Should Obama put down his golf clubs for a few minutes, forgo a sun drenched stroll along the beach, pass up a daily workout at the gym, and make a public statement regarding the attempted terrorist attack on the United States?
It depends on who you ask. Obama, thus far, has issued a brief written statement and nothing else. He's drawing criticism for appearing too cavalier about the attack.
Steve Marmel, writing at HuffPo, suggests that Obama should go "back to work." Marmel criticizes Obama's vacation routine and perpetual golf game, and says, "There are moments like these where it's important not to simply just do the work, or be told by others that the work is being done. We need to see it."
Ann Althouse suggested that Obama not get so far away from home on his vacations:
Why, exactly, are they in Hawaii — over 5,000 miles* from the White House? I'm not criticizing Obama in particular for going on vacations. I mean to criticize all the Presidents who go far away from Washington. If they need respite, let them go to Camp David. It's close to the White House, and it's set up for security. I can see returning to one's permanent residence, but even that is a luxury the President should eschew. The Christmas Day terror attempt may seem paltry, but it is a reminder of what can happen.
(Why isn't he vacationing in Chicago? I guess we can be glad he isn't vacationing in Kenya? Where's he from, anyway?)
On the flip side, there are others who contend that poor, tired Obama deserves and needs this vacation and that he is simply doing the right thing by staying in the background on this. Marc Ambinder says that a statement from Obama at this point would only exacerbate the situation and elevate it to a higher level of importance than it is. Eventually, though -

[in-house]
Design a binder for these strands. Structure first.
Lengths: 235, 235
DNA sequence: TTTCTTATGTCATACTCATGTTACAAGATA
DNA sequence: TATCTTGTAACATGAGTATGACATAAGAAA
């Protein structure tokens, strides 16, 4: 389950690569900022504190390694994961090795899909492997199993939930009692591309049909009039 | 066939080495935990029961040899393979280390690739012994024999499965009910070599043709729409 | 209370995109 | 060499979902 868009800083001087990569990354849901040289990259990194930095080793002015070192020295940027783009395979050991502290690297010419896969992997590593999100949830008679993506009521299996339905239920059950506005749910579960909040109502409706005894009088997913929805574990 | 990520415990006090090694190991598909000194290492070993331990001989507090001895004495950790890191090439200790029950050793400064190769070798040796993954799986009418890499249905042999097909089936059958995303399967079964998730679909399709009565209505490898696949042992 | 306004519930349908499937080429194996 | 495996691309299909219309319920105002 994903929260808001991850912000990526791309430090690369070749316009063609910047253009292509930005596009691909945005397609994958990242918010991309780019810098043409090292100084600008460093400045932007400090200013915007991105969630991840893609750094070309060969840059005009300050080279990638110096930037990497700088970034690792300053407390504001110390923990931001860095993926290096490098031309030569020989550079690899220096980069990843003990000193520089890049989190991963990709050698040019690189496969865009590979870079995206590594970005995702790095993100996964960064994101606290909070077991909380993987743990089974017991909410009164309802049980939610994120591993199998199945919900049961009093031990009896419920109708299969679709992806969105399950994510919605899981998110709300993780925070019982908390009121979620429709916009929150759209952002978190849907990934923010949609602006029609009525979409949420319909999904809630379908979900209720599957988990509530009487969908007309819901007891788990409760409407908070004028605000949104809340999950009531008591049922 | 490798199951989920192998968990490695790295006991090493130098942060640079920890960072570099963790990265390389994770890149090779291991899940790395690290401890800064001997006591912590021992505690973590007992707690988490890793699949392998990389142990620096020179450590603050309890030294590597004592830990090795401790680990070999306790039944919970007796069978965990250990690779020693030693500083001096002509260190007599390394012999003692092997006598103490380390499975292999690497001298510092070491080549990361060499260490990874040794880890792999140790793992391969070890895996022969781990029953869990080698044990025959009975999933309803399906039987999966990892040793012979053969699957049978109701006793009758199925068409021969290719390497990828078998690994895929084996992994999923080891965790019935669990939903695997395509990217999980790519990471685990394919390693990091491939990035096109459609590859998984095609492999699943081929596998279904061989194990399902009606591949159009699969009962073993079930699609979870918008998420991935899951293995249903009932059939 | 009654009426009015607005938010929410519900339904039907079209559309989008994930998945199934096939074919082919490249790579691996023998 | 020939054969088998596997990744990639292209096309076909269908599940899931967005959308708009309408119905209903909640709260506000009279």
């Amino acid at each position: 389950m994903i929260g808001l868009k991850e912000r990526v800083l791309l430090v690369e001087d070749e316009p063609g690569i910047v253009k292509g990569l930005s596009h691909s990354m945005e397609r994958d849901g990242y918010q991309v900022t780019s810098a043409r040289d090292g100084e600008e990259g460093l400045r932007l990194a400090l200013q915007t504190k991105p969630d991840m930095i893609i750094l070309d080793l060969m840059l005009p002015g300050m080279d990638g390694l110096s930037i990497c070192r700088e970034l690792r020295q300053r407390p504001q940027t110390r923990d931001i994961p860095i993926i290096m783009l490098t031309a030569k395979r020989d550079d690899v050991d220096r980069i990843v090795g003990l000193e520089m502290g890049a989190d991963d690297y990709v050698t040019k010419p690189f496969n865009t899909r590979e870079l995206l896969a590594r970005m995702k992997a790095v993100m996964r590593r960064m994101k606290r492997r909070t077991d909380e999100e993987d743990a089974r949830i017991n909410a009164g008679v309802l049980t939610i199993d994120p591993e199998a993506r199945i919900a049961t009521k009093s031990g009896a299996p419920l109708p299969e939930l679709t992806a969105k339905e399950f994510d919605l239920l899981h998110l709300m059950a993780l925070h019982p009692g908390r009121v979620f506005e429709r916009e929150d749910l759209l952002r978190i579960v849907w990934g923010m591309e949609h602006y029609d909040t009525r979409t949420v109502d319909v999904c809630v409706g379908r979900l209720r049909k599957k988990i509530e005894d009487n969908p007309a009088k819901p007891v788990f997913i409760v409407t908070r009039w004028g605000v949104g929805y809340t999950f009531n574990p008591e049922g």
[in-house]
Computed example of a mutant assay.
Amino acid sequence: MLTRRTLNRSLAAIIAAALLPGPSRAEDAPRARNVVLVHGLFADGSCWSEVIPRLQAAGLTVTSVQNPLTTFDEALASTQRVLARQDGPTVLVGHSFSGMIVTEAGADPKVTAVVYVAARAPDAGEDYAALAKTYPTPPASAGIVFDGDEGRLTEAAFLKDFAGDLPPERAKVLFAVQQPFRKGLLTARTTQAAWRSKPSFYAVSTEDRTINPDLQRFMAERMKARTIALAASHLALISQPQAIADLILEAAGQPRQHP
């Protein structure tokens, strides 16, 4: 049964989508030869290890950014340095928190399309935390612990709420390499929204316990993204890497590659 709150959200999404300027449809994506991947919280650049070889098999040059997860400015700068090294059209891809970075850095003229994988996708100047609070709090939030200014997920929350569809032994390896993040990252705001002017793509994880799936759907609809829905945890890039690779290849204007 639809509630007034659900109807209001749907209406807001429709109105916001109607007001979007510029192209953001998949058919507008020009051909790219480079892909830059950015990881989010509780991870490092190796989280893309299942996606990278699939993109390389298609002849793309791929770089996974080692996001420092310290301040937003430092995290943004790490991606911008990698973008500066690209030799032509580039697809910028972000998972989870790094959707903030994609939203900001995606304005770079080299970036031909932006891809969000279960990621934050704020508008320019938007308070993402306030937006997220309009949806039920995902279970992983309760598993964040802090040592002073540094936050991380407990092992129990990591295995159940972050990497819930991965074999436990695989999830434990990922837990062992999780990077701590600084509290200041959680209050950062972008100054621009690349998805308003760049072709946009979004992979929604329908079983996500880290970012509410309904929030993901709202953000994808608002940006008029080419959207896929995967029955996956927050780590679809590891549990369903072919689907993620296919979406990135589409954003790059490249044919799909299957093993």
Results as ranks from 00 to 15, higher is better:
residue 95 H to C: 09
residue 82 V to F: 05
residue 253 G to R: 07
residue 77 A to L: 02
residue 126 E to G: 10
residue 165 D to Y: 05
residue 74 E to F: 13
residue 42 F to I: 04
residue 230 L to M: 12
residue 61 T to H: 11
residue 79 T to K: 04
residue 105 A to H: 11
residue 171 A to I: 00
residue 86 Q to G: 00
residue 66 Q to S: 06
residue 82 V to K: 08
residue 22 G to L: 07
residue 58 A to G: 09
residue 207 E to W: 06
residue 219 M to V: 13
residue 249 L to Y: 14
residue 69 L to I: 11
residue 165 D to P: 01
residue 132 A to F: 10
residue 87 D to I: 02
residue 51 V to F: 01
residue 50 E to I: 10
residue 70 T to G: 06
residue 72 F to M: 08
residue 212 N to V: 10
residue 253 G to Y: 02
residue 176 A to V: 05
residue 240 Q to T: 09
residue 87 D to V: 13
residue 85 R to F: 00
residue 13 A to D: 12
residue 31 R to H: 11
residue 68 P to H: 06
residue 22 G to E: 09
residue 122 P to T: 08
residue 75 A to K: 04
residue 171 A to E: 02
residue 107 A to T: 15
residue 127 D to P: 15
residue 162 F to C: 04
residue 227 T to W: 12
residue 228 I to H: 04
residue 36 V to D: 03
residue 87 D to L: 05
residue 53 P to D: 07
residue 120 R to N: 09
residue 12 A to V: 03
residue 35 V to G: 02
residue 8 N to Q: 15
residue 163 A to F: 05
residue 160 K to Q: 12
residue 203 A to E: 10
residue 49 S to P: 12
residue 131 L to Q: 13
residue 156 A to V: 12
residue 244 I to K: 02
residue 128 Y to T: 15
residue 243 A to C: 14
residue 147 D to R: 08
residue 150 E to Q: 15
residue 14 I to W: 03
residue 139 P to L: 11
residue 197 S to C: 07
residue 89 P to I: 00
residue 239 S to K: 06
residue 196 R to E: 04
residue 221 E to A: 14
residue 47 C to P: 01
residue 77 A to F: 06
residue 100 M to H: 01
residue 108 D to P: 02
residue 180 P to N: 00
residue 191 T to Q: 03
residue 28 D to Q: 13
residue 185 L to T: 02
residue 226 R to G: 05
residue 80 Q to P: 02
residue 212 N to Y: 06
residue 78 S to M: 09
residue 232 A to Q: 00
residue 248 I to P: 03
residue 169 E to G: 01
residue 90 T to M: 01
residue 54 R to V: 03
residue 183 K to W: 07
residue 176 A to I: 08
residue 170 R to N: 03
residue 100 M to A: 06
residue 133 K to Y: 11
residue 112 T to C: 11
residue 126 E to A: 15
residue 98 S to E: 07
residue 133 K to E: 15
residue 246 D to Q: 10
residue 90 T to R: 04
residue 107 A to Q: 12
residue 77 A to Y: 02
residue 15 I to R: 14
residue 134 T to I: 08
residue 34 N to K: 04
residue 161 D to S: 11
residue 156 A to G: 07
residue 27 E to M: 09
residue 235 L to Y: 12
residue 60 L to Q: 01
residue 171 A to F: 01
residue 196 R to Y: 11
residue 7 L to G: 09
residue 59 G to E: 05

Obama of course will say something at some point. Had the terrorist blown up the plane, it;s safe to assume that Obama would no longer be in Hawaii. In either case, the public will need presidential fortification at some point. But Obama is willing to risk the accusation that he is "soft" on terrorism or is hovering above it all, or is just not to be bothered (his "head's in the sand, "golfing comes first," )in order to advance what he believes is the proper collective response to a failed act of terrorism.
Apparently Obama's strategy on terrorism is to play-it-cool unless something really bad happens. Let's see...when Maj. Nidal Malik Hasan killed 13 people at Fort Hood, how long was it before Obama made a statement? He gave a shout-out to Dr. Joe Medicine Crow at a speech first, then he told us not to jump to conclusions, and finally he made a brief statement.
Ambinder praises Obama for "projecting his calm on the American people, just as his advisers are convinced that the Bush Administration projected their panic and anger on the self-same public eight years ago."
Is he really suggesting that there was no reason for panic and anger after 9/11? Seriously? At what point are we supposed to become outraged about attacks on our homeland and what would the appropriate reaction be, according to Ambinder?
Steve Benen suggests a similar response when he writes,
In the Bush/Cheney era, we know officials read from a far different script. Incidents like these became opportunities to exploit. Top officials -- Bush, Cheney, Rice, Ashcroft, Ridge -- would fan out and start hitting the talking points. There'd be talk about invading Yemen.
So, while Bush and Cheney were only exploiting 9/11, Obama is adopting a "mature response":
Obama and his team obviously prefer a far more mature, strategic approach. It's about projecting a sense of calm and control.
As opposed to the Bush administrations irrational approach to 9/11, I suppose.
The left will let no chance to criticize George Bush pass them by.
As far as Obama's approach to this situation, I don't necessarily want him on my television pontificating about how we shouldn't jump to conclusions and we shouldn't jeopardize the criminal investigation.
Part of the problem has been treating terrorists as criminals and not like terrorists. This guy ought to be put in Gitmo and interrogated. Do you think we're actually going to learn anything from him via Eric Holder's approach to interrogation? Do you think we're even going to be able to ask him about his terrorist ties, knowledge of future attacks, or terrorist networks? No. He's going to get a fine American lawyer and be treated like your common shoplifter.
In the end, Obama's bobbing around golf-courses and strolls along the beach project a cavalier approach to the problem. Should he rush back to Washington and start making speeches? No. Should he project a tougher stance on terrorism than he has to date? Absolutely. If Benen wants to talk about "projecting a sense" of anything, it should be one of toughness and resilience against this sort of attack.
A sense of "calm and control" isn't the projection I'm reading from Obama's drives from the back nine.